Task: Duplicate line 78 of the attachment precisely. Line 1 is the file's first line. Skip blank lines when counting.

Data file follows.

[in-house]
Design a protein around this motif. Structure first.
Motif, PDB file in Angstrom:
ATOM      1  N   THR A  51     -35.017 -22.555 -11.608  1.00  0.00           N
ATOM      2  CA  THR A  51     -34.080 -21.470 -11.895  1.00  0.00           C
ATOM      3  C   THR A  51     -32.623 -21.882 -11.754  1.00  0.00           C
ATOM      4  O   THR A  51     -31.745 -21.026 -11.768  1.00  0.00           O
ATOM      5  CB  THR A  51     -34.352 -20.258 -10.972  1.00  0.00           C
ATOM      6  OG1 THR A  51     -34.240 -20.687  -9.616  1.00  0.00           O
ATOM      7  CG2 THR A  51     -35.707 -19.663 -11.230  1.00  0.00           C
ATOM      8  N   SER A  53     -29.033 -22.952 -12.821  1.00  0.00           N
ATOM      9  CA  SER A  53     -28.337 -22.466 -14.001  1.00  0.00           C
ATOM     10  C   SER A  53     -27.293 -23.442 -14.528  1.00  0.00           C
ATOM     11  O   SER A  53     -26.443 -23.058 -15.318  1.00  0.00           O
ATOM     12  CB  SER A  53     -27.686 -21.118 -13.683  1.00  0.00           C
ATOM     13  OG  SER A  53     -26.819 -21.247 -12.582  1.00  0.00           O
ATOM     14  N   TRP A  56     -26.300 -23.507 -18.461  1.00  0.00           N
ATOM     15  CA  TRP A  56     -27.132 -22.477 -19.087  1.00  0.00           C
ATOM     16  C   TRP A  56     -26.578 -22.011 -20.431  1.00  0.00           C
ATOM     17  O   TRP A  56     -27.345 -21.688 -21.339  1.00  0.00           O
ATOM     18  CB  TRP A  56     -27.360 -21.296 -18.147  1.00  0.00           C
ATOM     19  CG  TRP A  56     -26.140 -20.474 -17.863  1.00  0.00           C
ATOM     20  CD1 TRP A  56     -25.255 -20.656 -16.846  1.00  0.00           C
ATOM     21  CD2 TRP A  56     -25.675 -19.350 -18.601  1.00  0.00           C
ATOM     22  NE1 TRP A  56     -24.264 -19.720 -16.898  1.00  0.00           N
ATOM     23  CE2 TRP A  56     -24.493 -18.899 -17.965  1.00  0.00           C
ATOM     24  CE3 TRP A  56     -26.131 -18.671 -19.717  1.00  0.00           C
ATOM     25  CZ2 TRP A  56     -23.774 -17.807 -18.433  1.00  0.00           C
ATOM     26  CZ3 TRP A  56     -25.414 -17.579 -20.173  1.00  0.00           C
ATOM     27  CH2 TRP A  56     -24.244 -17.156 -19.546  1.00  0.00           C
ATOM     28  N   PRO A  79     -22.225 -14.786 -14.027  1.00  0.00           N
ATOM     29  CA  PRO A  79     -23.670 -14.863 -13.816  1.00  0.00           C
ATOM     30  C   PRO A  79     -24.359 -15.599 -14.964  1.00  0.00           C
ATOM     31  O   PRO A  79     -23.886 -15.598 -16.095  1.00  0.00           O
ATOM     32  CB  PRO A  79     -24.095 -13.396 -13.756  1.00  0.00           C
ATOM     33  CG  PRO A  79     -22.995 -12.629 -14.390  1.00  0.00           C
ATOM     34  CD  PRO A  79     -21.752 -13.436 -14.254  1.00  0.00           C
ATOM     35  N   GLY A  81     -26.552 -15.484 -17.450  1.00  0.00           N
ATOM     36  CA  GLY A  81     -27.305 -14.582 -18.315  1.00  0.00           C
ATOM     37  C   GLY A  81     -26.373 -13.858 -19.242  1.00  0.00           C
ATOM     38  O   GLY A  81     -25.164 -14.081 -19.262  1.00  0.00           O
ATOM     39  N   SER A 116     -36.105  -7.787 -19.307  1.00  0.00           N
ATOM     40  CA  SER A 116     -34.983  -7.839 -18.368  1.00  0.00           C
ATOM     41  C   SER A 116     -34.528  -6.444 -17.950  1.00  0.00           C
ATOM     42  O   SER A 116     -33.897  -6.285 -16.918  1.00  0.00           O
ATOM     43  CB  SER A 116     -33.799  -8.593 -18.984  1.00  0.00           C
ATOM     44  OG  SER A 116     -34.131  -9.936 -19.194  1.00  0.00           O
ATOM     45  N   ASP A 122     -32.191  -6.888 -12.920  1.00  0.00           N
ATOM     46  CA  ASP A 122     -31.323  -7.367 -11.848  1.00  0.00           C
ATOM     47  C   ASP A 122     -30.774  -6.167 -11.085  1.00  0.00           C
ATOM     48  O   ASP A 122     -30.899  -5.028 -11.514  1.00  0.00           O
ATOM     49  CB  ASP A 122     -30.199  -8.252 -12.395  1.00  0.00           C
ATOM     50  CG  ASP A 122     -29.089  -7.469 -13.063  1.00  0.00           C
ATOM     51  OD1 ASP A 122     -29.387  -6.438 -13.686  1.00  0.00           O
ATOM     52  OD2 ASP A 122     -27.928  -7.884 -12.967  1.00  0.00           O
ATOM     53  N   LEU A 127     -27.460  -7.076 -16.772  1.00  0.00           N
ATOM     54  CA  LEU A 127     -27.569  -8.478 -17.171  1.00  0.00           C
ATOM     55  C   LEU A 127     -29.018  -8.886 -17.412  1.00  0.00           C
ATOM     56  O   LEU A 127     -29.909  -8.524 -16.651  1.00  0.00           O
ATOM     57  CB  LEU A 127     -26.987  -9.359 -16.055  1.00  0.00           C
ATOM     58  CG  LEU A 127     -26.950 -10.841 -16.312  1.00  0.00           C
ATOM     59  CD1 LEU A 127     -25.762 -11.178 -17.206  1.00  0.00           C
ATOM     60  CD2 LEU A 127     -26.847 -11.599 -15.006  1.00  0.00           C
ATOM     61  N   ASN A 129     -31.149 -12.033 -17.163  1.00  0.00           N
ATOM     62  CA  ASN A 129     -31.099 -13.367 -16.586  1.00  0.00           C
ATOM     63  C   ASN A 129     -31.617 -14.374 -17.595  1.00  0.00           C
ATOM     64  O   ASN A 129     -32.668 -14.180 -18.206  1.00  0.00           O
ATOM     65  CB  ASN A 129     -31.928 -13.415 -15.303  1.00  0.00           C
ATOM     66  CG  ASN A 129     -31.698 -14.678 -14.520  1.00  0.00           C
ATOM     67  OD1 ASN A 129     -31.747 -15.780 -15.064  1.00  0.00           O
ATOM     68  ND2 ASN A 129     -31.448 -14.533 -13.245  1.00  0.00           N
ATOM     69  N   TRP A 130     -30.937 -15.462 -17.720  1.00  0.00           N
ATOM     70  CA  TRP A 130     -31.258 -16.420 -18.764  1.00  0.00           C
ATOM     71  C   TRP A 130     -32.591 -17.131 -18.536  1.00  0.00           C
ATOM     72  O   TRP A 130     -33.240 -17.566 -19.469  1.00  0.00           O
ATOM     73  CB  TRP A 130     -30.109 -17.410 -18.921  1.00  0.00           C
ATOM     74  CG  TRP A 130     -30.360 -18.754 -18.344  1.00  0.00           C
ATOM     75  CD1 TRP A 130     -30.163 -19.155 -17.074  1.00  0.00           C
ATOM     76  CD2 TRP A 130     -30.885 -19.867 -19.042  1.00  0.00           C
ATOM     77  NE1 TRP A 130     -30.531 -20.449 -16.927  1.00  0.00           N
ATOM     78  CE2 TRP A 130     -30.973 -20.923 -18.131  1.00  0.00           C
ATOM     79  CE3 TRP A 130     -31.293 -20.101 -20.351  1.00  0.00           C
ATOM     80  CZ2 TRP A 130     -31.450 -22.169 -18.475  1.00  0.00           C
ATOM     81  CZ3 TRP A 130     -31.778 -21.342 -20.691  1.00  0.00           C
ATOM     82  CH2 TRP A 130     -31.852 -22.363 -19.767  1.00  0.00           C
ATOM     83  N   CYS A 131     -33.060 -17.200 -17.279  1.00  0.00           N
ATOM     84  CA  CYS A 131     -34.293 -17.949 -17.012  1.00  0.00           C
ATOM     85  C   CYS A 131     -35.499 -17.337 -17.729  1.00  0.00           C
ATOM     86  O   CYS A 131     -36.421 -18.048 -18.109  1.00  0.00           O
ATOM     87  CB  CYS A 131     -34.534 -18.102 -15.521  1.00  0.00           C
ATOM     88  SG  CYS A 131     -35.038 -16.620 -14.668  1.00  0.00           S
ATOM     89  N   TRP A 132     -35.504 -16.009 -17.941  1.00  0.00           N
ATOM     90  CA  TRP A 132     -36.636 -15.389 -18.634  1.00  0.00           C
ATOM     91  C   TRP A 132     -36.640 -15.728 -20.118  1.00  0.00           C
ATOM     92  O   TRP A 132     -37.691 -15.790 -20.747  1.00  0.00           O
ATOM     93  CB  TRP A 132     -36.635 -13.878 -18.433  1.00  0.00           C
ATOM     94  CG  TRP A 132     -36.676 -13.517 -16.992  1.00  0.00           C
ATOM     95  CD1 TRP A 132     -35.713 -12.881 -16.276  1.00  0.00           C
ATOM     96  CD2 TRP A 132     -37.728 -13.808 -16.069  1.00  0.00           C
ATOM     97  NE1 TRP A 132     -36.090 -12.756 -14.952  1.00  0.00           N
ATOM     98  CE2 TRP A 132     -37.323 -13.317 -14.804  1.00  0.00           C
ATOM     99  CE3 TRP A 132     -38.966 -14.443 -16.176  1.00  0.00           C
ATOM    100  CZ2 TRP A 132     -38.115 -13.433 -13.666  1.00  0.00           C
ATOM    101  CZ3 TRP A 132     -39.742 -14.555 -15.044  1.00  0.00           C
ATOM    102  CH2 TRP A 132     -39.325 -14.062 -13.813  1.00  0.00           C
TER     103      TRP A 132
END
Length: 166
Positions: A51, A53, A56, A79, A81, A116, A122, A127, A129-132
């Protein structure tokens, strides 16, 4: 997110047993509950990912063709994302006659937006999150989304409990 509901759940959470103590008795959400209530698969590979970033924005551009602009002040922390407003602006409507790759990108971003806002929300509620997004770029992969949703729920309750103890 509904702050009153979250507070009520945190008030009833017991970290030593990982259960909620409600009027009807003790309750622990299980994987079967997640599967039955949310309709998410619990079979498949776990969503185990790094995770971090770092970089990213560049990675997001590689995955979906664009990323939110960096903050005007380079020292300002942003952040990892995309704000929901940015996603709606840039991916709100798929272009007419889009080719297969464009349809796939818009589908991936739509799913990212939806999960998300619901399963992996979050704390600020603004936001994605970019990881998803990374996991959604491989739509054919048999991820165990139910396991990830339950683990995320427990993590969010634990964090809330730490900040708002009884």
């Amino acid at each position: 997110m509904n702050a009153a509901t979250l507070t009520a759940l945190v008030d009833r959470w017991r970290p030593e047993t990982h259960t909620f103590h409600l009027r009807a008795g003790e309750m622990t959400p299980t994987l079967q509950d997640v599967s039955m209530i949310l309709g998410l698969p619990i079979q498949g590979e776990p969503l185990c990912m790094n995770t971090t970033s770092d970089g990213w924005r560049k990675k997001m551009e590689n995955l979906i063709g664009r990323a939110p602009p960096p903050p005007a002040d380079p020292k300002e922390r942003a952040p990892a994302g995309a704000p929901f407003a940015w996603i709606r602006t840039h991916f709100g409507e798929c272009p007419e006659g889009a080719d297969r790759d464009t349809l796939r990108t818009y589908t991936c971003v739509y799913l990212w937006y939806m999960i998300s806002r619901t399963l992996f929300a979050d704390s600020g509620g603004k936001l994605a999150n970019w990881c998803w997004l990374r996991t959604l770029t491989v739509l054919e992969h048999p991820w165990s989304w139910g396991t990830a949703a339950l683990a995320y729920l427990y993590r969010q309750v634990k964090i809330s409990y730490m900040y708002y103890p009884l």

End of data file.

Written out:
ATOM     75  CD1 TRP A 130     -30.163 -19.155 -17.074  1.00  0.00           C